Companies struggling to upgrade unsupported, vulnerable Windows versions are finding new hope for securing those platforms in endpoint security solutions that detect exploit techniques over specific signatures, one security expert has advised.
The approach had, Palo Alto Networks cybersecurity strategist Sebastian Goodwin told CSO Australia, proved invaluable both in environments where inertia had prevented the broad migration from end-of-life platforms like Windows XP and Windows Server 2003 – both of which are no longer officially supported by Microsoft and have become honeypots for hackers developing new and undetectable exploits.
Migration difficulties, as well as mandates to retain data for many years, “mean you have a system that doesn't get security patches anymore but that are highly vulnerable,” Goodwin explained as Palo Alto brought its Traps endpoint-protection platform to the ANZ region a year after the new platform debuted in the United States.
With major banks, European ATMs, Victorian government agencies and a range of other companies still using exploitable endpoints – and often paying for the privilege of continued security patches – Goodwin said, platforms like Traps could be used to extend the functional life of those environments by securing them in a different way.
This was because the platform focuses not on conventional signature-based protection, but taps into a large and growing base of specific exploit characteristics that would allow endpoint-protection tools to pick up on malware behaviour before it becomes an issue.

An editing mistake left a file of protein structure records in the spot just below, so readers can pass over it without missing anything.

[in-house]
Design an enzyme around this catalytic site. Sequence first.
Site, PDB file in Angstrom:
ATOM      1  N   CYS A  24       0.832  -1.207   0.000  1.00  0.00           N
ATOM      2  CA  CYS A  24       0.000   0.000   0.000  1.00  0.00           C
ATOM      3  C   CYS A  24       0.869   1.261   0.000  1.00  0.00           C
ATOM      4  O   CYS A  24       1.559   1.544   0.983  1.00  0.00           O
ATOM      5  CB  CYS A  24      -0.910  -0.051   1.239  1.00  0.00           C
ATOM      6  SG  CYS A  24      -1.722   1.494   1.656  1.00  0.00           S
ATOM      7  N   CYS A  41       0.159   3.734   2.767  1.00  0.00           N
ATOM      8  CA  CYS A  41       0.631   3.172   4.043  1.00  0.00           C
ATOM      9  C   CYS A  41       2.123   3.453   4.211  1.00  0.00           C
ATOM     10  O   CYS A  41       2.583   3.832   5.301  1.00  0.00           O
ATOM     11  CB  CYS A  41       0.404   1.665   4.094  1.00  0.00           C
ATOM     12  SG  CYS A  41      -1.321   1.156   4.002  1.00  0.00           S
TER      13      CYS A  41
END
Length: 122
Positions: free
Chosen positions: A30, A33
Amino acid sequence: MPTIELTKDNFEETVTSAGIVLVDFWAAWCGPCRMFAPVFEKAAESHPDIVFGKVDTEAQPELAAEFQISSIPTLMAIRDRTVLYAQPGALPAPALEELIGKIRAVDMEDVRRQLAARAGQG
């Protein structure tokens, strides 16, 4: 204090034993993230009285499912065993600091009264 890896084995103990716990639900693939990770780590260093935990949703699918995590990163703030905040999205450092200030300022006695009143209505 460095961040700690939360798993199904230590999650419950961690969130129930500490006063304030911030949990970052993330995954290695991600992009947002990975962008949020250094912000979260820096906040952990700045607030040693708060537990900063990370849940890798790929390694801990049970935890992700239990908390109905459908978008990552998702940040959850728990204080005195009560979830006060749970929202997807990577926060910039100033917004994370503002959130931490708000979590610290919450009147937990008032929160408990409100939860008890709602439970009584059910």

“If you're running an operating system that can't be patched for whatever reason, Traps is the perfect solution to extend the viability and secure life of that system,” he said, noting that the first year of using the tool in the US had seen it survive scrutiny by systems-security auditors.
“We had one customer call and say that they have a server farm they cannot patch, but that patching was required by their auditors,” he explained. “At the end of the day, the auditors accepted [Traps] and passed the audit; it's considered a compensating control in that it doesn't do exactly what the regulation said, but met the end objective of what the regulation is trying to achieve – which is to make the system not vulnerable to exploits.”
Although the installed base of Windows XP and Windows Server 2003 systems is steadily shrinking as companies migrate away from the platform, the lingering installed base is becoming a particular concern in process-automation, control, point-of-sale and other systems that were often installed years ago – even with now-outdated antivirus software – on a more or less set-and-forget basis.
“Each industry has its own specific use case, but a lot of these systems are still running on old, outdated OSes like Windows XP, which leaves them super vulnerable to attack,” Goodwin said.
“Many of these advanced threats are bypassing legacy antivirus software that we've all relied on for many decades, but that technology has not kept up at all in terms of preventing these attacks. It's important to have something there that can block the unknown threats that are attacking endpoints.”